For less than a $1000 credit limit they will approve nearly anyone with a business license.
Non-Reporting Trade Accounts can also be helpful. While you do want trade accounts to report to at the very least one of the CRAs, a trade account which does not report can nevertheless be of some value.
You can always ask non-reporting accounts for trade references. Also credit accounts of any sort should help you to better even out business expenditures, thus making financial planning less complicated. These are providers like PayPal Credit, T-Mobile, and Best Buy.
Once there are 3 or more vendor trade accounts reporting to at least one of the CRAs, then move to retail credit. These are companies such as Office Depot and Staples.
Just use your Social Security Number and date of birth on these applications for verification purposes. For credit checks and guarantees, use the business’s EIN on these credit applications.
Are there more accounts reporting? Then move to fleet credit. These are businesses such as BP and Conoco. Use this credit to buy fuel, and to fix and maintain vehicles. Only use your Social Security Number and date of birth on these applications for verification purposes. For credit checks and guarantees, make certain to apply using the business’s EIN.
Learn more here and get started toward growing corporate credit.
Have you been sensibly managing the credit you’ve up to this point? Then move onto more universal cash credit. These are service providers such as Visa and MasterCard. Only use your SSN and date of birth on these applications for verification purposes. For credit checks and guarantees, use your EIN instead.
These are frequently MasterCard credit cards. If you have more4 trade accounts reporting, then these are feasible.
Know what is happening with your credit. Make certain it is being reported and fix any inaccuracies ASAP. Get in the habit of taking a look at credit reports. Dig into the details, not just the scores.
At Equifax, you can monitor your account at: www.equifax.com/business/business-credit-monitor-small-business.
Update the details if there are mistakes or the information is incomplete. At D&B, you can do this at: https://iupdate.dnb.com/iUpdate/viewiUpdateHome.htm. For Experian, go here: www.experian.com/small-business/business-credit-information.jsp. And for Equifax, go here: www.equifax.com/business/small-business.
So, what’s all this monitoring for? It’s to challenge any problems in your records. Mistakes in your credit report(s) can be fixed. But the CRAs typically want you to dispute in a particular way.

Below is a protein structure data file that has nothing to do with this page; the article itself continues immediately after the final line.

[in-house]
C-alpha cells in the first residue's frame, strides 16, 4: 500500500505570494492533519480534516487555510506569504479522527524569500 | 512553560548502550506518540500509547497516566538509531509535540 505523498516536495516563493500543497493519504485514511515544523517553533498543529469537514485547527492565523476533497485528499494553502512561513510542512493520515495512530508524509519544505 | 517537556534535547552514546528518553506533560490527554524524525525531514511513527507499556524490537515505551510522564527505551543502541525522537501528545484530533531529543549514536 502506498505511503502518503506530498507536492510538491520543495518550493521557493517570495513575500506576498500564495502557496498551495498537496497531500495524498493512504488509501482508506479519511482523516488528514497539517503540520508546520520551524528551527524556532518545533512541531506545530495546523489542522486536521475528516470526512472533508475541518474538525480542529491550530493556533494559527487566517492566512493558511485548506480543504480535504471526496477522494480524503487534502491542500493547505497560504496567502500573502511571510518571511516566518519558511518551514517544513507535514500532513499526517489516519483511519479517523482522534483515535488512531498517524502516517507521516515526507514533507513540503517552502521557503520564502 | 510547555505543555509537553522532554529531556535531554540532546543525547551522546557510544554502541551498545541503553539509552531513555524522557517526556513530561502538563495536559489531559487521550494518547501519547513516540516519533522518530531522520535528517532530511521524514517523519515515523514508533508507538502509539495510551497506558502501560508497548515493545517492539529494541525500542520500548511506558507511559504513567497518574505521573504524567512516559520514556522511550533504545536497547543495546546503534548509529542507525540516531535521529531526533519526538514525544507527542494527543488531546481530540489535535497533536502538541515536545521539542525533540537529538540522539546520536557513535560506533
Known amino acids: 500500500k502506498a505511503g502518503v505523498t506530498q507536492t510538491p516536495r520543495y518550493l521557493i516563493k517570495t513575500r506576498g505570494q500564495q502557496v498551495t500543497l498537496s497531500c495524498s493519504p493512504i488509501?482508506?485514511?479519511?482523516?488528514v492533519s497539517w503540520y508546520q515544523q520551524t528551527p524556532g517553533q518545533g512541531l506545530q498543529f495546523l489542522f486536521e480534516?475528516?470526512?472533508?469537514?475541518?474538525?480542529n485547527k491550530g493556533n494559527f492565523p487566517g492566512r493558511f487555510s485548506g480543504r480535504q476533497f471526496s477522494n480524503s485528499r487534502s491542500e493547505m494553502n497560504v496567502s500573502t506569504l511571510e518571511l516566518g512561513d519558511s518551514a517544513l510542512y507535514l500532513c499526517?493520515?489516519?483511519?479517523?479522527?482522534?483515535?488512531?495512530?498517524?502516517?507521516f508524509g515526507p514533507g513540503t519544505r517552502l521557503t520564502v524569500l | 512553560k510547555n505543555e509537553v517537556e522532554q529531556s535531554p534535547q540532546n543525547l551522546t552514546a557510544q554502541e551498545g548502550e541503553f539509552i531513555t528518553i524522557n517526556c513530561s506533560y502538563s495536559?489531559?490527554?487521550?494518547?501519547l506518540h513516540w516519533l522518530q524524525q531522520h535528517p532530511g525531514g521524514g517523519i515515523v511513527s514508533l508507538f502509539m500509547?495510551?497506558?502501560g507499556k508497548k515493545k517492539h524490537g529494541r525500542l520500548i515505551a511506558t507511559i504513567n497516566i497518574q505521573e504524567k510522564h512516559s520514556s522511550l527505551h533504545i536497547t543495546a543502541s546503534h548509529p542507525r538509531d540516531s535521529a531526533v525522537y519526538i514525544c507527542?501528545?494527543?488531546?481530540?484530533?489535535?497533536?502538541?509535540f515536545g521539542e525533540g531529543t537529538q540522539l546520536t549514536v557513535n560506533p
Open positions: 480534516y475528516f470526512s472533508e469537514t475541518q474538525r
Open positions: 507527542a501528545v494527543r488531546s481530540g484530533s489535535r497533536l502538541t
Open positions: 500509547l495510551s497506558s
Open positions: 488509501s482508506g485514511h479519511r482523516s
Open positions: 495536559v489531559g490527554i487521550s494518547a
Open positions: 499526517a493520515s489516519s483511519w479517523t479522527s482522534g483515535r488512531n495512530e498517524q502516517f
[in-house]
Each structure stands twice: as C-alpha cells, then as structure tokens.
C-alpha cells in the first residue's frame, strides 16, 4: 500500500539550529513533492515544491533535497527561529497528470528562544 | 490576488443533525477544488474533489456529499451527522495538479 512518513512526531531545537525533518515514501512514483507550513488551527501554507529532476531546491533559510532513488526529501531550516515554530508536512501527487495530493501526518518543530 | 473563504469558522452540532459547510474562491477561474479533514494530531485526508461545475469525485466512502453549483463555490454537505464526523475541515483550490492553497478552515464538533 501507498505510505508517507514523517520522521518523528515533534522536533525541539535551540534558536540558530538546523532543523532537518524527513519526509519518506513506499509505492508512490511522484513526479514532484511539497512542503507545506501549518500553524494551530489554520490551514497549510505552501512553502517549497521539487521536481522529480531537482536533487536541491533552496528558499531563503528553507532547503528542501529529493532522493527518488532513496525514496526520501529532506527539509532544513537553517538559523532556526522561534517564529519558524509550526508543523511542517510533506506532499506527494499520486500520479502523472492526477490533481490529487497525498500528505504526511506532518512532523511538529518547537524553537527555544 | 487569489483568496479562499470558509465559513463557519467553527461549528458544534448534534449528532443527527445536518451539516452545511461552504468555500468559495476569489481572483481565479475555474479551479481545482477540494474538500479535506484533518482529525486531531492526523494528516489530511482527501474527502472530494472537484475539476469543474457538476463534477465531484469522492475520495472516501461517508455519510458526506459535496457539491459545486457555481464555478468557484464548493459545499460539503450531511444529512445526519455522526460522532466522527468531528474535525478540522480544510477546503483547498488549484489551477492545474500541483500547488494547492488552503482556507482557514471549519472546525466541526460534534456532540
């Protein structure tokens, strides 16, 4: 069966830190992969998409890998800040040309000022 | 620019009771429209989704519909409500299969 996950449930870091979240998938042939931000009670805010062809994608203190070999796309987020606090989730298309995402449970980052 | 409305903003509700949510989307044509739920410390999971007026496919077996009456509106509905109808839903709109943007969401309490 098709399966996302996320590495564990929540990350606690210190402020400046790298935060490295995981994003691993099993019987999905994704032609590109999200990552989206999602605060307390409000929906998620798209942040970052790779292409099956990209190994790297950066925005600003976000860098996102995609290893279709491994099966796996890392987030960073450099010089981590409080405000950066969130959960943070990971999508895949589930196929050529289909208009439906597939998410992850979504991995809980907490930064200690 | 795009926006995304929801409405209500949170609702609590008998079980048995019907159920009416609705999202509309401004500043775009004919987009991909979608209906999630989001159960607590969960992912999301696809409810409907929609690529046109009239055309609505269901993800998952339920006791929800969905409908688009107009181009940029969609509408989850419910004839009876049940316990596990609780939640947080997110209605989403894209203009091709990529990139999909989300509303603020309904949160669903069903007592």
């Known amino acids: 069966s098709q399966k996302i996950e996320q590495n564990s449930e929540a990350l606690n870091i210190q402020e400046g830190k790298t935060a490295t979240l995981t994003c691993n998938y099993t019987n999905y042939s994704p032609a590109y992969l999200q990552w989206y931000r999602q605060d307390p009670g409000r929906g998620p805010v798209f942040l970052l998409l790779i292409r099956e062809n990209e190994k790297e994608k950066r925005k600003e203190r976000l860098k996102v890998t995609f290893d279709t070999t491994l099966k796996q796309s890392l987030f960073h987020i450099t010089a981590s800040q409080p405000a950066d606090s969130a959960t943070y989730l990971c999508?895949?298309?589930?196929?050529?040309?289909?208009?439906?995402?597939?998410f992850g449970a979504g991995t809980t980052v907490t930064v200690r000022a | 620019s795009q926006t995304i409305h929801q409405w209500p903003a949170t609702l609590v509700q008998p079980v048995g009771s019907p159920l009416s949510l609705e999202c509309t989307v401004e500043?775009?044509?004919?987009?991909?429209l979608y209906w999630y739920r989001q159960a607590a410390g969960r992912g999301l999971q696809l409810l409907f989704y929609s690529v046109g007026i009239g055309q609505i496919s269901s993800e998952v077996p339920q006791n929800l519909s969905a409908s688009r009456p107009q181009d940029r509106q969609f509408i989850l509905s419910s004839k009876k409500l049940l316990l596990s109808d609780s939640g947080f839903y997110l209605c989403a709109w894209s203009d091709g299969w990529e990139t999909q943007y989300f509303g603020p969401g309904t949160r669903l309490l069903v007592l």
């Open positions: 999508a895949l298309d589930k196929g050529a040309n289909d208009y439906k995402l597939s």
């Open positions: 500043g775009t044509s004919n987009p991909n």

Get your business’s PAYDEX report at: www.dnb.com/about-us/our-data.html. Get your company’s Experian report at: www.businesscreditfacts.com/pdp.aspx?pg=SearchForm. And get your Equifax corporate credit report at: www.equifax.com/business/credit-information.
Disputing credit report inaccuracies typically means you send a paper letter with duplicates of any proof of payment with it. These are documents like receipts and cancelled checks. Never mail the originals. Always send copies and retain the original copies.
Fixing credit report mistakes also means you specifically detail any charges you contest. Make your dispute letter as clear as possible. Be specific about the concerns with your report. Use certified mail so that you will have proof that you sent in your dispute.
Dispute your or your small business’s Equifax report by following the instructions here: www.equifax.com/small-business-faqs/#Dispute-FAQs.
You can dispute errors on your or your business’s Experian report by following the directions here: www.experian.com/small-business/business-credit-information.jsp.
And D&B’s PAYDEX Customer Service contact number is here: www.dandb.com/glossary/paydex.
Always use credit responsibly! Don’t borrow beyond what you can pay off. Track balances and deadlines for payments. Paying off in a timely manner and completely will do more to increase corporate credit scores than almost anything else.
Establishing corporate credit pays. Good corporate credit scores help a company get loans. Your lending institution knows the company can pay its financial obligations. They understand the small business is for real.
The business’s EIN connects to high scores and lenders won’t feel the need to request a personal guarantee.
Corporate credit is an asset which can help your business in years to come.